By-election dust ups are collateral damage in Christy Clark’s war on public education
The results of a recent by-election are being contested after an Osoyoos school trustee resigned her seat. More fallout from Christy Clark's long war on public education?
We’re lucky nothing on this side of the border compares with the fireworks over election results like we’re seeing in the US, but there is a bit of a current dustup following a recent school board by-election in Osoyoos.
School board by-elections don’t usually draw a lot of attention — or votes — but this one is relevant and worth noting in the current provincial pre-election context.
As we see public education shaping up to be a key issue in the May 2017 provincial election, it’s important to take a moment to consider what’s been unfolding since the B.C. Liberals took power in 2001 and appointed Christy Clark as Education Minister.
To say Clark left a mark on the education ministry would be an understatement. She took a wrecking ball to the teachers’ contract in 2002 and created a dispute that was only somewhat settled with this month’s quick decision in the teachers’ favour at the Supreme Court of Canada, following a long, long battle. That’s a helluva mark and it doesn’t end there. Clark’s left collateral damage scattered all over B.C.
Education Minister Mike Bernier and B.C. Teachers Federation (BCTF) leaders meet this week to start working out how the government plans to put Humpty — our public schools — back together again after years of staffing, program and resource cuts and hundreds of school closures.
It won’t be easy and it won’t be cheap. And it sure as heck won’t be in time for the thousands of students who were shortchanged by larger and more complex class sizes and fewer specialist teachers and services than they deserved while this case worked its way through the court system.
So what does all this have to do with the Osoyoos by-election?
Stripping the BCTF contract enabled government to put the squeeze on school boards to reduce and limit spending so the B.C. Liberals could cut taxes and meet their budget targets. School boards all over B.C. have struggled with chronic budget shortfalls ever since and many succumbed to pressure to close schools to save a few more bucks to balance their inadequate budgets.
Secret cabinet documents obtained in 2002 by The Province’s Michael Smyth and explained in his column laid out the sordid details of how government plotted to do this and guess whose fingerprints are all over it? The one and only Christy Clark’s. Thank you to the Tyee’s Katie Hyslop for digging that column up and posting it to remind us about it.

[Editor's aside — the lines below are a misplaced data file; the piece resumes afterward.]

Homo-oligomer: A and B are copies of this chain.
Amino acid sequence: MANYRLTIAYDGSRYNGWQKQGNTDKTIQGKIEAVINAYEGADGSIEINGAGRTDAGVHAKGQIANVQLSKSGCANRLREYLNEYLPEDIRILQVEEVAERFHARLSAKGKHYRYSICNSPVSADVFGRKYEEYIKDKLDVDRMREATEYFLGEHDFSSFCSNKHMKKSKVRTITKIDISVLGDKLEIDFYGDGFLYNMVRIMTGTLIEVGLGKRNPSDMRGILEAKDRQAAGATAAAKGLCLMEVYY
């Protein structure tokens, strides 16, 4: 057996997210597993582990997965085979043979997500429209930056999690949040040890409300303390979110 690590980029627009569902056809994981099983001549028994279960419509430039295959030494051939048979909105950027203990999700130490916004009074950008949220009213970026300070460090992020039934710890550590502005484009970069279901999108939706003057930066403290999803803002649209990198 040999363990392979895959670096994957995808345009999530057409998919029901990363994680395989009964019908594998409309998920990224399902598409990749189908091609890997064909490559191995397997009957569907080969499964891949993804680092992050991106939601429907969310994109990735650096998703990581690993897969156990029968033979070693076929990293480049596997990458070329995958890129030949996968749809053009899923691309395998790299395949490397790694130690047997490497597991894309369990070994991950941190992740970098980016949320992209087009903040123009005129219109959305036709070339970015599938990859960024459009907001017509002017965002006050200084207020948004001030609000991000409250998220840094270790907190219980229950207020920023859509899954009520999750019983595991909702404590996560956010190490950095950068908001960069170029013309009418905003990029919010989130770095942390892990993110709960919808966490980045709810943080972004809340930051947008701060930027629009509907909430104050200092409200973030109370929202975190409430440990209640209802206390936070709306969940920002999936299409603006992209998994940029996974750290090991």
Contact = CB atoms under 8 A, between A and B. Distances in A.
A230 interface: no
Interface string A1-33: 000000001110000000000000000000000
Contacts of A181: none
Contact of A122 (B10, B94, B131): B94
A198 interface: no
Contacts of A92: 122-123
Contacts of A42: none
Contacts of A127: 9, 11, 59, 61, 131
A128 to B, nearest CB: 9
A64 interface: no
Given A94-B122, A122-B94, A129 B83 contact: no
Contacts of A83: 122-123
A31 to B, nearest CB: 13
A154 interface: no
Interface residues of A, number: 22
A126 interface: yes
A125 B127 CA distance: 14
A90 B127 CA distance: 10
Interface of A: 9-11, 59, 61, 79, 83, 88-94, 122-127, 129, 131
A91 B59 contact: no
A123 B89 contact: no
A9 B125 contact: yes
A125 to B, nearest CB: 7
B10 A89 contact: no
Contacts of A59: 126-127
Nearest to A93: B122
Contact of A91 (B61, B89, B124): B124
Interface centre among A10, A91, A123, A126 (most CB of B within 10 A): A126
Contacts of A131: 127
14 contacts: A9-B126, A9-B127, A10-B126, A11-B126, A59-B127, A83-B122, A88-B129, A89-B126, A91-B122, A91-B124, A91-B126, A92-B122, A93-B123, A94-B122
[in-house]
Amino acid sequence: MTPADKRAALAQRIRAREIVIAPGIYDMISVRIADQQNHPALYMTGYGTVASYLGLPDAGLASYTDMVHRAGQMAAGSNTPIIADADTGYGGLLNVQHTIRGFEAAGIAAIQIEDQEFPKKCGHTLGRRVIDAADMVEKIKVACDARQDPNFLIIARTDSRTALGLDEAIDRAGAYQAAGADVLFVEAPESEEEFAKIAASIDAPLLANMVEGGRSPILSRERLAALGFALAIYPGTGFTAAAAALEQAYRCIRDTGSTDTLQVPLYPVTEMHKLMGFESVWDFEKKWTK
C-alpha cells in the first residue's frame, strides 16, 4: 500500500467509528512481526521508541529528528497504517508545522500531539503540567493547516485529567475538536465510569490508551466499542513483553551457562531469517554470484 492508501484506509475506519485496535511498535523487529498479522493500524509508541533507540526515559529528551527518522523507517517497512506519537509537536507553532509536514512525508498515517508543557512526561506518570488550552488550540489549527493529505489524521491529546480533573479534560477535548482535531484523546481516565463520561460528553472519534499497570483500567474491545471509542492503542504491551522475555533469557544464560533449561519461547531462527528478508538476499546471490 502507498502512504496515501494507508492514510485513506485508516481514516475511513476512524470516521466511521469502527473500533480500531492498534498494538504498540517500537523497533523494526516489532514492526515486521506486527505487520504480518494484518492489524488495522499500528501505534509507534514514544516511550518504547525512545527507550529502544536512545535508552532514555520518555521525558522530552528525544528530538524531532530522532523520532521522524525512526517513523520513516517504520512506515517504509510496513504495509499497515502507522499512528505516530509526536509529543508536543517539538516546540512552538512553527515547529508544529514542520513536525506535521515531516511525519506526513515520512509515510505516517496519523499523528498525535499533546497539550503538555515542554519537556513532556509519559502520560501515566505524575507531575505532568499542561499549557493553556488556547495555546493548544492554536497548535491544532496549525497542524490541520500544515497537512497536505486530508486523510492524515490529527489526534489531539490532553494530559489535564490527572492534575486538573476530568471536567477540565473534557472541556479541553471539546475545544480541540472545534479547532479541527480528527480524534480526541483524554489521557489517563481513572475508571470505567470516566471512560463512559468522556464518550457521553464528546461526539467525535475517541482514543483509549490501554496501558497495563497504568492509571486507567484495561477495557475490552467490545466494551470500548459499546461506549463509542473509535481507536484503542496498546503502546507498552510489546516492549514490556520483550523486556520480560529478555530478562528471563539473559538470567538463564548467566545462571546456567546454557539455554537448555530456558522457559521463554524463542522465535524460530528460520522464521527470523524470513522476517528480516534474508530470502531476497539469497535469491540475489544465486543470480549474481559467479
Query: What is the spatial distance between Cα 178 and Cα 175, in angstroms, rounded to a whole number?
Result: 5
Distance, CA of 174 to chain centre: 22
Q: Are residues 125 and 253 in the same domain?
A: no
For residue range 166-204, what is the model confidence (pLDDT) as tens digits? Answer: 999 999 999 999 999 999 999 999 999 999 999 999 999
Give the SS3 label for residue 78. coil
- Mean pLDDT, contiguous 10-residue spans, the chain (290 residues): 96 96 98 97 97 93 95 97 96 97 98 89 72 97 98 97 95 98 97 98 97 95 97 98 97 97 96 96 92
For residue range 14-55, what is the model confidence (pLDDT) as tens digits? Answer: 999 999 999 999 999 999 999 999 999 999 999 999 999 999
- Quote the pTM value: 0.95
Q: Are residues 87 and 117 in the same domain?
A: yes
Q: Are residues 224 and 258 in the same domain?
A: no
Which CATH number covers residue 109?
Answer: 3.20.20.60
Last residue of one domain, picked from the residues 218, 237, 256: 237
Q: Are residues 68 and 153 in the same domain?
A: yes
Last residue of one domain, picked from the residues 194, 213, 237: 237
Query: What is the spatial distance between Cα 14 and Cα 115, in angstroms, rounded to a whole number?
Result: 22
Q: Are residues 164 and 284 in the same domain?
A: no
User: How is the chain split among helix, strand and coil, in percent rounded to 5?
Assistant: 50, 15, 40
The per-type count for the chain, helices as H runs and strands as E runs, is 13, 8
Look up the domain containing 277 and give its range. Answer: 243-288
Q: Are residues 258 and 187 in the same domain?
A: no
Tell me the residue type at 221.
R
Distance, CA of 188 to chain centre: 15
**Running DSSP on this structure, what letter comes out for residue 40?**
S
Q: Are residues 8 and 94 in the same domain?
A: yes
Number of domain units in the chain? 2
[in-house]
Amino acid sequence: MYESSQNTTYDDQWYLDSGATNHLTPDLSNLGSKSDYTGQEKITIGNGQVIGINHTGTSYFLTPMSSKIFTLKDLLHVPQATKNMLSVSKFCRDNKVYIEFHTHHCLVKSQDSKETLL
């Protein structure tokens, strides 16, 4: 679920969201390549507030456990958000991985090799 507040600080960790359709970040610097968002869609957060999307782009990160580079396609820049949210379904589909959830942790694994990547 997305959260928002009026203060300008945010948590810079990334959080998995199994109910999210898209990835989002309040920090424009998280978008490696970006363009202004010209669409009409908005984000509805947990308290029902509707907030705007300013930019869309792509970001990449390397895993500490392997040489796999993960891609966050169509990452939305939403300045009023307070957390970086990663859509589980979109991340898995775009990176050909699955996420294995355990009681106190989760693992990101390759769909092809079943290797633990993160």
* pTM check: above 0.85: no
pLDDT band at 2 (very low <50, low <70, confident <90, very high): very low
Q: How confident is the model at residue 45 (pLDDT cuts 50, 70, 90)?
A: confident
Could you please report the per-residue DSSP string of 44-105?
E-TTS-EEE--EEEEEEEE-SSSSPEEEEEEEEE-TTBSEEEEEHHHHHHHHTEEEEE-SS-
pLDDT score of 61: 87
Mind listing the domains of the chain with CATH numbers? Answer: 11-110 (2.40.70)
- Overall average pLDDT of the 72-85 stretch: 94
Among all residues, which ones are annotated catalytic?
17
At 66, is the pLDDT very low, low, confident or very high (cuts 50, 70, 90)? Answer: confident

School closures are the hardest things school boards have to do
One of the many things I learned in my eight years as an elected school trustee is that if you talk to enough long-time trustees you’ll discover there is nothing harder than closing schools. The message is often the same — schools are the hearts and souls of their neighbourhoods and closing them tears apart communities.
While we only closed one small school during my time on the VSB, we explored closing several more and even going that far was pretty brutal and highly controversial.
Which makes me empathize with former Okanagan Similkameen School Board trustee June Harrington who resigned from her post in July after a long and emotional process to decide to close Osoyoos’s only high school, only to have the decision reversed after an eleventh-hour intervention by the Premier who rode to the rescue with enough “rural schools” funding that suddenly came available to keep the school open.
Now imagine you’re Harrington (whom I’ve never met). I can. After being the sole trustee on her board to consistently oppose closing her community’s only high school, and going through months of gut-wrenching controversy and conflict, I imagine she’d had enough of working under the kind of pressure the Christy Clark government has put on school boards.
I haven’t been through the full process she went through but I had enough of a taste of it to feel the urge to quit more than once. What always stopped me was knowing it would trigger a by-election, which can be costly in a city the size of Vancouver and probably annoying for voters. And I’d made a commitment to serve my full term, tough or not.
But if I’d been through what Harrington did — her board’s heart-wrenching decision to close her town’s only high school due to the B.C. Liberals' dismal education funding decisions — only to have that all turned upside down at the last minute by a Premier in election mode, I’d probably be ready to pack it up too.